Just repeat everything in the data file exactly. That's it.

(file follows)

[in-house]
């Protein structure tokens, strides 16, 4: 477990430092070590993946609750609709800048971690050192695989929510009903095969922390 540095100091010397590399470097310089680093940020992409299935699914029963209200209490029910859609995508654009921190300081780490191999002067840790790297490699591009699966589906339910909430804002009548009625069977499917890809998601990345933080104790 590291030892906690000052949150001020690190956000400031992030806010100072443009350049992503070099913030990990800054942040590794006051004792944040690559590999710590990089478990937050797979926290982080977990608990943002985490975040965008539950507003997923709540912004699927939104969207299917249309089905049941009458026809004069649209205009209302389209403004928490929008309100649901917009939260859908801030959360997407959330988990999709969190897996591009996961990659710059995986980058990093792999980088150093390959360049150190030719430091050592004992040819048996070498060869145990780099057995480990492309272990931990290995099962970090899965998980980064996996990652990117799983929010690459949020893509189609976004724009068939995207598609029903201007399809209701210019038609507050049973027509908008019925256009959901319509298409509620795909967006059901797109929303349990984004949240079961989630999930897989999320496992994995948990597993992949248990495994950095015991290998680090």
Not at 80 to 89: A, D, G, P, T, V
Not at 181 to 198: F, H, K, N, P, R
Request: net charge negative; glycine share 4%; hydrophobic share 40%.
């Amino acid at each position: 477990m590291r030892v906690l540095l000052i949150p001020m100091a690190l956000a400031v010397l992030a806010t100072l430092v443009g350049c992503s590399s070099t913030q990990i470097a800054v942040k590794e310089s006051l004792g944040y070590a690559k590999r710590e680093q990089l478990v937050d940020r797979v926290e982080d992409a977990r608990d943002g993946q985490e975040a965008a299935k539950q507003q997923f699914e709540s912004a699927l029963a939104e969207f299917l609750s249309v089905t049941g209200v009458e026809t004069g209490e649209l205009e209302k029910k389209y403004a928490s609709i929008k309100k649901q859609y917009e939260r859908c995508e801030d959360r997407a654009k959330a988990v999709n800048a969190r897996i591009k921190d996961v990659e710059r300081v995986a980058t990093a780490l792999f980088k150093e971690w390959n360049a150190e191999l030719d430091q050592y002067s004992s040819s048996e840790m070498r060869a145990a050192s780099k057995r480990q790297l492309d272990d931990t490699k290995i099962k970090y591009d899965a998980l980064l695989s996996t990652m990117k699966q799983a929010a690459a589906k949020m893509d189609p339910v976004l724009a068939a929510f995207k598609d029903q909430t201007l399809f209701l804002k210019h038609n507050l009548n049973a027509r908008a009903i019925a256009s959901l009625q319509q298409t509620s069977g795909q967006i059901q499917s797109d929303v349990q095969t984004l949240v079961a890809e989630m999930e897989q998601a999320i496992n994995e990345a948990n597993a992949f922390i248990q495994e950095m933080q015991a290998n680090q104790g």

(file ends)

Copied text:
[in-house]
């Protein structure tokens, strides 16, 4: 477990430092070590993946609750609709800048971690050192695989929510009903095969922390 540095100091010397590399470097310089680093940020992409299935699914029963209200209490029910859609995508654009921190300081780490191999002067840790790297490699591009699966589906339910909430804002009548009625069977499917890809998601990345933080104790 590291030892906690000052949150001020690190956000400031992030806010100072443009350049992503070099913030990990800054942040590794006051004792944040690559590999710590990089478990937050797979926290982080977990608990943002985490975040965008539950507003997923709540912004699927939104969207299917249309089905049941009458026809004069649209205009209302389209403004928490929008309100649901917009939260859908801030959360997407959330988990999709969190897996591009996961990659710059995986980058990093792999980088150093390959360049150190030719430091050592004992040819048996070498060869145990780099057995480990492309272990931990290995099962970090899965998980980064996996990652990117799983929010690459949020893509189609976004724009068939995207598609029903201007399809209701210019038609507050049973027509908008019925256009959901319509298409509620795909967006059901797109929303349990984004949240079961989630999930897989999320496992994995948990597993992949248990495994950095015991290998680090």
Not at 80 to 89: A, D, G, P, T, V
Not at 181 to 198: F, H, K, N, P, R
Request: net charge negative; glycine share 4%; hydrophobic share 40%.
């Amino acid at each position: 477990m590291r030892v906690l540095l000052i949150p001020m100091a690190l956000a400031v010397l992030a806010t100072l430092v443009g350049c992503s590399s070099t913030q990990i470097a800054v942040k590794e310089s006051l004792g944040y070590a690559k590999r710590e680093q990089l478990v937050d940020r797979v926290e982080d992409a977990r608990d943002g993946q985490e975040a965008a299935k539950q507003q997923f699914e709540s912004a699927l029963a939104e969207f299917l609750s249309v089905t049941g209200v009458e026809t004069g209490e649209l205009e209302k029910k389209y403004a928490s609709i929008k309100k649901q859609y917009e939260r859908c995508e801030d959360r997407a654009k959330a988990v999709n800048a969190r897996i591009k921190d996961v990659e710059r300081v995986a980058t990093a780490l792999f980088k150093e971690w390959n360049a150190e191999l030719d430091q050592y002067s004992s040819s048996e840790m070498r060869a145990a050192s780099k057995r480990q790297l492309d272990d931990t490699k290995i099962k970090y591009d899965a998980l980064l695989s996996t990652m990117k699966q799983a929010a690459a589906k949020m893509d189609p339910v976004l724009a068939a929510f995207k598609d029903q909430t201007l399809f209701l804002k210019h038609n507050l009548n049973a027509r908008a009903i019925a256009s959901l009625q319509q298409t509620s069977g795909q967006i059901q499917s797109d929303v349990q095969t984004l949240v079961a890809e989630m999930e897989q998601a999320i496992n994995e990345a948990n597993a992949f922390i248990q495994e950095m933080q015991a290998n680090q104790g």